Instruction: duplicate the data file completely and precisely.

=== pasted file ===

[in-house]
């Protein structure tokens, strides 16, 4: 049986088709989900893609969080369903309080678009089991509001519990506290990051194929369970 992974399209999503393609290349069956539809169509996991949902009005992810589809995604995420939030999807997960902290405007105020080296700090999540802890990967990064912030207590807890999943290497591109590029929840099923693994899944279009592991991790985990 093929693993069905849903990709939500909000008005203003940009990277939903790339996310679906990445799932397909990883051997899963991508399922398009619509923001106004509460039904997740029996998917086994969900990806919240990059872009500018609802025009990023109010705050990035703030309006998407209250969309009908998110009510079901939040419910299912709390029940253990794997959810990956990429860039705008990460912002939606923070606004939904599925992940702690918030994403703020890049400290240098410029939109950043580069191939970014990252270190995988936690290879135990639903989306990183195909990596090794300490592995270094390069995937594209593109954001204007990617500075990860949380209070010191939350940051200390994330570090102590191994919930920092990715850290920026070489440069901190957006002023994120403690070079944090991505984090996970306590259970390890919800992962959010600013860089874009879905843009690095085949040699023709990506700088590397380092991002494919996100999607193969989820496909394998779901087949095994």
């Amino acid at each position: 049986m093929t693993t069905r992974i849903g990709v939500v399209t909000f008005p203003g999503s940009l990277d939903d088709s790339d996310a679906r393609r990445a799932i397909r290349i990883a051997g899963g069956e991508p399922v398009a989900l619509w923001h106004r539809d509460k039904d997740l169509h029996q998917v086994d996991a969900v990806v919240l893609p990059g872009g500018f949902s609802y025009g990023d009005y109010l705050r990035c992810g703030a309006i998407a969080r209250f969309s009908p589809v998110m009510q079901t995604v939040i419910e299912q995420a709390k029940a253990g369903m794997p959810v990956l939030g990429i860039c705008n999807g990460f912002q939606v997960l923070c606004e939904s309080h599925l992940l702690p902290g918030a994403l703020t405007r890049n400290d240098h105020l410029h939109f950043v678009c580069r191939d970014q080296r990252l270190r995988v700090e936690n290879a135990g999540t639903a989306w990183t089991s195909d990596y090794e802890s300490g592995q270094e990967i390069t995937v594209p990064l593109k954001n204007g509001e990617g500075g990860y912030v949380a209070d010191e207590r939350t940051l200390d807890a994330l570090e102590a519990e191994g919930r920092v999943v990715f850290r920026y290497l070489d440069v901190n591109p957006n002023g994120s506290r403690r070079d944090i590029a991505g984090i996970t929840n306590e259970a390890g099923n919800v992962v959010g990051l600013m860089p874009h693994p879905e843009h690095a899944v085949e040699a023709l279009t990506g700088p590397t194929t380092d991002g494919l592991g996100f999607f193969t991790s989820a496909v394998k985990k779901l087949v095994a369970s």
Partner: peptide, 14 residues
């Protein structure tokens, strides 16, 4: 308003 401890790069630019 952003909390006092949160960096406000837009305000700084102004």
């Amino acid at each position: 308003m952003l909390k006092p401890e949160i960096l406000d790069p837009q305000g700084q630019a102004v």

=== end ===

[in-house]
């Protein structure tokens, strides 16, 4: 049986088709989900893609969080369903309080678009089991509001519990506290990051194929369970 992974399209999503393609290349069956539809169509996991949902009005992810589809995604995420939030999807997960902290405007105020080296700090999540802890990967990064912030207590807890999943290497591109590029929840099923693994899944279009592991991790985990 093929693993069905849903990709939500909000008005203003940009990277939903790339996310679906990445799932397909990883051997899963991508399922398009619509923001106004509460039904997740029996998917086994969900990806919240990059872009500018609802025009990023109010705050990035703030309006998407209250969309009908998110009510079901939040419910299912709390029940253990794997959810990956990429860039705008990460912002939606923070606004939904599925992940702690918030994403703020890049400290240098410029939109950043580069191939970014990252270190995988936690290879135990639903989306990183195909990596090794300490592995270094390069995937594209593109954001204007990617500075990860949380209070010191939350940051200390994330570090102590191994919930920092990715850290920026070489440069901190957006002023994120403690070079944090991505984090996970306590259970390890919800992962959010600013860089874009879905843009690095085949040699023709990506700088590397380092991002494919996100999607193969989820496909394998779901087949095994």
């Amino acid at each position: 049986m093929t693993t069905r992974i849903g990709v939500v399209t909000f008005p203003g999503s940009l990277d939903d088709s790339d996310a679906r393609r990445a799932i397909r290349i990883a051997g899963g069956e991508p399922v398009a989900l619509w923001h106004r539809d509460k039904d997740l169509h029996q998917v086994d996991a969900v990806v919240l893609p990059g872009g500018f949902s609802y025009g990023d009005y109010l705050r990035c992810g703030a309006i998407a969080r209250f969309s009908p589809v998110m009510q079901t995604v939040i419910e299912q995420a709390k029940a253990g369903m794997p959810v990956l939030g990429i860039c705008n999807g990460f912002q939606v997960l923070c606004e939904s309080h599925l992940l702690p902290g918030a994403l703020t405007r890049n400290d240098h105020l410029h939109f950043v678009c580069r191939d970014q080296r990252l270190r995988v700090e936690n290879a135990g999540t639903a989306w990183t089991s195909d990596y090794e802890s300490g592995q270094e990967i390069t995937v594209p990064l593109k954001n204007g509001e990617g500075g990860y912030v949380a209070d010191e207590r939350t940051l200390d807890a994330l570090e102590a519990e191994g919930r920092v999943v990715f850290r920026y290497l070489d440069v901190n591109p957006n002023g994120s506290r403690r070079d944090i590029a991505g984090i996970t929840n306590e259970a390890g099923n919800v992962v959010g990051l600013m860089p874009h693994p879905e843009h690095a899944v085949e040699a023709l279009t990506g700088p590397t194929t380092d991002g494919l592991g996100f999607f193969t991790s989820a496909v394998k985990k779901l087949v095994a369970s």
Partner: peptide, 14 residues
């Protein structure tokens, strides 16, 4: 308003 401890790069630019 952003909390006092949160960096406000837009305000700084102004």
């Amino acid at each position: 308003m952003l909390k006092p401890e949160i960096l406000d790069p837009q305000g700084q630019a102004v």